A Cutting-Edge Planning Hackathon in Seattle

In GeekWire, Chuck Wolfe covers an atypical urban planning and policy gathering called an “Urban Resilience Hackathon,” which was held at the University of Washington in Seattle late last month. For a day, the event showcased collaborative problem solving and innovative thinking in addressing urban challenges.

1 minute read

May 6, 2024, 11:00 AM PDT

By Charles R. Wolfe @crwolfelaw


Urban scale vulnerability? | Roman Khomlyak / Shutterstock

Writing for GeekWire—and as a hackathon participant—Chuck Wolfe explains how the hackathon brought together volunteer organizations, state and local government, students, and researchers to co-develop testable “resilience pilot projects” that could help Seattle be more prepared for future disruptions.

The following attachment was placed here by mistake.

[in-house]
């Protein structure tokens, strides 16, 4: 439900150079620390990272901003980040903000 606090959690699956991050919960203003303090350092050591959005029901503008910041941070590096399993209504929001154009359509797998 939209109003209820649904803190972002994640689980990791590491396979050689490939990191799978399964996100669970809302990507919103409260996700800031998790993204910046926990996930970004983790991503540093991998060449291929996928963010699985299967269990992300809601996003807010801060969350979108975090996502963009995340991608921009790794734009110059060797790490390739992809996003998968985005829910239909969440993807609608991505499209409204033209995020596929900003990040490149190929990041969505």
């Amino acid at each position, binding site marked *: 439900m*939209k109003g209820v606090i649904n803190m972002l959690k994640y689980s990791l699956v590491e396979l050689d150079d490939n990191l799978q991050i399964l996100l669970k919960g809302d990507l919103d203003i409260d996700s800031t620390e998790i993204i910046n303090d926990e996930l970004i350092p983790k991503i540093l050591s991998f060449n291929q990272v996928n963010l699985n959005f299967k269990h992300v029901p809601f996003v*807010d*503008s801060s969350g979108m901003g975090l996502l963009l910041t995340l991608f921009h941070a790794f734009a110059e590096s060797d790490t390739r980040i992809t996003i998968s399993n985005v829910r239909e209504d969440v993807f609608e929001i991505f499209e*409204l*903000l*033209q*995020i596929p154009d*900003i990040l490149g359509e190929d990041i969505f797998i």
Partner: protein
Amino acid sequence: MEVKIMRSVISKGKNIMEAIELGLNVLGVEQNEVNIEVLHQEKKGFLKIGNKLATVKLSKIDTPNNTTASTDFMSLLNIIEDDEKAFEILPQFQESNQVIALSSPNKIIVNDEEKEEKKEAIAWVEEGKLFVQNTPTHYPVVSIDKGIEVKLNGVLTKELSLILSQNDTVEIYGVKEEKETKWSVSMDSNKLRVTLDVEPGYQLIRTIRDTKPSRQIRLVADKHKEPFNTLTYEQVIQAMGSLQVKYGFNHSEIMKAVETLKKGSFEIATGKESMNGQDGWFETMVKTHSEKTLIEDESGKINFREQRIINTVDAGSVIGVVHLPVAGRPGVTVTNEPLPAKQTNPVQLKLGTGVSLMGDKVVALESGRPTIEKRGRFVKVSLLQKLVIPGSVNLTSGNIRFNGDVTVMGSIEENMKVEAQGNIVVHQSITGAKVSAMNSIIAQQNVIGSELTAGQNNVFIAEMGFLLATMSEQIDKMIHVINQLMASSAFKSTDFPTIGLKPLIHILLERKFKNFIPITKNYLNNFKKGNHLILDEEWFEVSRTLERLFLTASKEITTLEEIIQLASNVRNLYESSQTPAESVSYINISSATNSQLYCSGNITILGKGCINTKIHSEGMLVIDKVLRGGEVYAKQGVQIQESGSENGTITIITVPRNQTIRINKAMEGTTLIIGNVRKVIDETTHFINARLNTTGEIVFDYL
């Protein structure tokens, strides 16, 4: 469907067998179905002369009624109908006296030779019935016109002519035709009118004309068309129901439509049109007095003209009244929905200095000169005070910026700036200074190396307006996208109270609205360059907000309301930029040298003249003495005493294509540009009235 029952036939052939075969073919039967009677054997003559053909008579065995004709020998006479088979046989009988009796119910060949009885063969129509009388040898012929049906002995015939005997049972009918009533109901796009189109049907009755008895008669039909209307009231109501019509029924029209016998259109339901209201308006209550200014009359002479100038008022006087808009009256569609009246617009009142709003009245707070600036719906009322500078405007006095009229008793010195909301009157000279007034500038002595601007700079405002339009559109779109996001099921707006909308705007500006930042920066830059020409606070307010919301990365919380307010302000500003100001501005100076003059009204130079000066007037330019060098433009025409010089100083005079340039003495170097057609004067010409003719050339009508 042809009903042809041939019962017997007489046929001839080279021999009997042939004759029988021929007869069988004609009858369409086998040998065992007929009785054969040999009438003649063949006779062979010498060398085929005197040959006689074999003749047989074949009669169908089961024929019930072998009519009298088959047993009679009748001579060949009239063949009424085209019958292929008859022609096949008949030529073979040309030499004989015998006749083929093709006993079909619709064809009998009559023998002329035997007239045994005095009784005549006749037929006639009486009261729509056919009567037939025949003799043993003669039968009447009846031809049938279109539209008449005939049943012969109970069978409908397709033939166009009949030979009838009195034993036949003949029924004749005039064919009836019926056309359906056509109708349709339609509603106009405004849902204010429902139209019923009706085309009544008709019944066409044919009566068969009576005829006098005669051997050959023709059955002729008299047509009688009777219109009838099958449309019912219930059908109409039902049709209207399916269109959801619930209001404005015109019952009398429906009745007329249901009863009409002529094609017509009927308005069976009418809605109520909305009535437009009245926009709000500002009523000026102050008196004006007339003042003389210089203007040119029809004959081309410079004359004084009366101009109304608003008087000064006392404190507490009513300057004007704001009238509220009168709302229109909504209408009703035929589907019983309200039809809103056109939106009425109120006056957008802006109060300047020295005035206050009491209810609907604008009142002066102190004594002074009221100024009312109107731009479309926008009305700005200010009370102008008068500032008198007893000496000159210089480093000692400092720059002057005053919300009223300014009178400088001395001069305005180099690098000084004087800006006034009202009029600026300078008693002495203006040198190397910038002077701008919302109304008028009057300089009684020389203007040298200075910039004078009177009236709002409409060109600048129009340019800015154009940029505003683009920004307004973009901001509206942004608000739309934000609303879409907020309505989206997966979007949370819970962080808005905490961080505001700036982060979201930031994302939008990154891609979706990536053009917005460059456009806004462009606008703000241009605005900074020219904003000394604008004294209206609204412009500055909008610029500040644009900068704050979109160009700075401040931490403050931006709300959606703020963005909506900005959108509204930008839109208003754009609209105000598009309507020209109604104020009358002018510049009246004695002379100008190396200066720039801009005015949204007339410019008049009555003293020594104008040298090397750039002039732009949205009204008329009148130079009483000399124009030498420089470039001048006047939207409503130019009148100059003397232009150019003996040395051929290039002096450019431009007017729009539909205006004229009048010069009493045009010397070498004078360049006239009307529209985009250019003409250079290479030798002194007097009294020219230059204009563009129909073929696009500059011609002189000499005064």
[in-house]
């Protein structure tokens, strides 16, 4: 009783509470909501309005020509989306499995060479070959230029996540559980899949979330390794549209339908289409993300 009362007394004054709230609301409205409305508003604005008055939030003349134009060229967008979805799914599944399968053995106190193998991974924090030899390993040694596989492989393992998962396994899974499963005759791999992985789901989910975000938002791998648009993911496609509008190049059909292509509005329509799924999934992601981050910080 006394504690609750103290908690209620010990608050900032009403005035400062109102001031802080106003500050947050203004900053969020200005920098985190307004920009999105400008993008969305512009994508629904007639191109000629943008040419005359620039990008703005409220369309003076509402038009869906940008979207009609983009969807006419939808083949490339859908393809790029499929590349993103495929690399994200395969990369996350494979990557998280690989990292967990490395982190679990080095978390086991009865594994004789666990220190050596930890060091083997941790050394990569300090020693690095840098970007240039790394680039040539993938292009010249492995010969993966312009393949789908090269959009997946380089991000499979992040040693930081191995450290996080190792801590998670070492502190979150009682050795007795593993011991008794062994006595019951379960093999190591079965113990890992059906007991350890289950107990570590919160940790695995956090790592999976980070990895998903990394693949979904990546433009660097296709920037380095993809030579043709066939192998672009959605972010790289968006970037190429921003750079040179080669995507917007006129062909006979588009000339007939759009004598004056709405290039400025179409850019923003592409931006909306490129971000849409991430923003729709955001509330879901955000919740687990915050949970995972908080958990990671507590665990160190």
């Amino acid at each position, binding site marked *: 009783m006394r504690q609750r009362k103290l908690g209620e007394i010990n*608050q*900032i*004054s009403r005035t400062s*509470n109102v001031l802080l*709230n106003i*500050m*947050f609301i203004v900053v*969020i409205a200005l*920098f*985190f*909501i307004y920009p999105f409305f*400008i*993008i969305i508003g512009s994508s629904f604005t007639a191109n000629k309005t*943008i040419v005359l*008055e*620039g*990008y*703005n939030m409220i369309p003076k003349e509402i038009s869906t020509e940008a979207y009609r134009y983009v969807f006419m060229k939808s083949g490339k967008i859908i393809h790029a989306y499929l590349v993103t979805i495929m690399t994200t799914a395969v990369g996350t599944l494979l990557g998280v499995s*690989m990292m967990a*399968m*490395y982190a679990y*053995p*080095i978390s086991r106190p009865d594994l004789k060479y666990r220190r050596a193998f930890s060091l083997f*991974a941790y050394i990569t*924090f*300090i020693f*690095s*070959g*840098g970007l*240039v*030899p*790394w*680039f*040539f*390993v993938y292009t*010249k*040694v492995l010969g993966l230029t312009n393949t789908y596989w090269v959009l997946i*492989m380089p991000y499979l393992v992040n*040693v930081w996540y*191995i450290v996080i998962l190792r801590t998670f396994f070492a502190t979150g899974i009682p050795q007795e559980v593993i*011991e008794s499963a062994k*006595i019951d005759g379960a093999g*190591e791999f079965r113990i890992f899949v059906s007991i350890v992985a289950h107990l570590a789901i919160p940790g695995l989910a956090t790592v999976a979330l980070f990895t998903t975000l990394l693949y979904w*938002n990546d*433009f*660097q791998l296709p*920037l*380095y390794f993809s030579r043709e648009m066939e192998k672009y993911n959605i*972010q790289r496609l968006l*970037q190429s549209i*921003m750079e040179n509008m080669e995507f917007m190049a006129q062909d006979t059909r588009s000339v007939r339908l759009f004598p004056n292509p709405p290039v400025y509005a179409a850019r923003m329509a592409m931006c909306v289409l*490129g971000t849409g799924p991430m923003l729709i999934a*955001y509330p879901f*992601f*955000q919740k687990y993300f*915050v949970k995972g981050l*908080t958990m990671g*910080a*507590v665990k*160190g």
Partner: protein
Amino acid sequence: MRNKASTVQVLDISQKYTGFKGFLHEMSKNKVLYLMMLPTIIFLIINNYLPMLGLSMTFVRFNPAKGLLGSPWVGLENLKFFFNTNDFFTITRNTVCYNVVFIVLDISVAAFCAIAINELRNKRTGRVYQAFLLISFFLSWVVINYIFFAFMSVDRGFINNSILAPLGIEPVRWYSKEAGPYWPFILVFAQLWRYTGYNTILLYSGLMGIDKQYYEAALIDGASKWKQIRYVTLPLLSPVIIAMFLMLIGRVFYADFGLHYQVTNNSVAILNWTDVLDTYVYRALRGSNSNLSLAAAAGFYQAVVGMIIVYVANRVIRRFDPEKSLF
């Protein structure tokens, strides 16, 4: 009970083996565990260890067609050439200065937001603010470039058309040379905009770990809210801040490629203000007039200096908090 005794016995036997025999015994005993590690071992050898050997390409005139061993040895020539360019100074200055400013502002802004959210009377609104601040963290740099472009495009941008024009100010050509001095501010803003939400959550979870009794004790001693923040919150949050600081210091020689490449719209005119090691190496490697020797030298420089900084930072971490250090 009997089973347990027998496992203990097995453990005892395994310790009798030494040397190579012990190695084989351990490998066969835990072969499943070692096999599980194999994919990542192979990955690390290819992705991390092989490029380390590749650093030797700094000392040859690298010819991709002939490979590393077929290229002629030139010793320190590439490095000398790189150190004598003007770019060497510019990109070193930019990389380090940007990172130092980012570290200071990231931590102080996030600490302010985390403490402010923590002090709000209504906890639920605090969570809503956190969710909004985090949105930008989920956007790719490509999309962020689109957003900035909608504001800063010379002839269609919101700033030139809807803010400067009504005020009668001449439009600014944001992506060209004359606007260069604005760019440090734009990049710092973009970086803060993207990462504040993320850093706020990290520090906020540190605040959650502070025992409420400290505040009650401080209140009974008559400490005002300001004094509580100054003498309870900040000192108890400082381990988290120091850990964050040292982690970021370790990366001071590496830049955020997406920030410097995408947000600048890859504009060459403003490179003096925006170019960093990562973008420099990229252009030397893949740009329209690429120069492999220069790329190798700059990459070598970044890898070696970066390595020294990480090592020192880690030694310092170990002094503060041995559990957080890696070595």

DemocracyLab, a “tech for good” nonprofit, helped facilitate the hackathon, which had support from the National Science Foundation LEAP-HI project, and the UW’s Department of Urban Design and Planning.

The UW hackathon centered on various pitches each addressing a different aspect of urban resilience to be tested against a future earthquake, pandemic, excessive heat event, or massive airline flight grounding. The pitches were also assessed for support of the Seattle Climate Action Plan and Seattle Race and Justice Initiative. 

The range of projects presented, from urban system solutions to emergency water storage, speaks to the diverse issues that require further preparation and collaboration.

“Crises don’t allow time to invent responses from scratch,” said Dr. Dan Abramson, one of the event’s organizers from the UW Department of Urban Design and Planning. “Cities need to be adaptable, and the most adaptable cities are those that have a deep reserve of policies and programs they can draw on to keep themselves vital when normal activities are disrupted.”

Monday, May 6, 2024 in GeekWire

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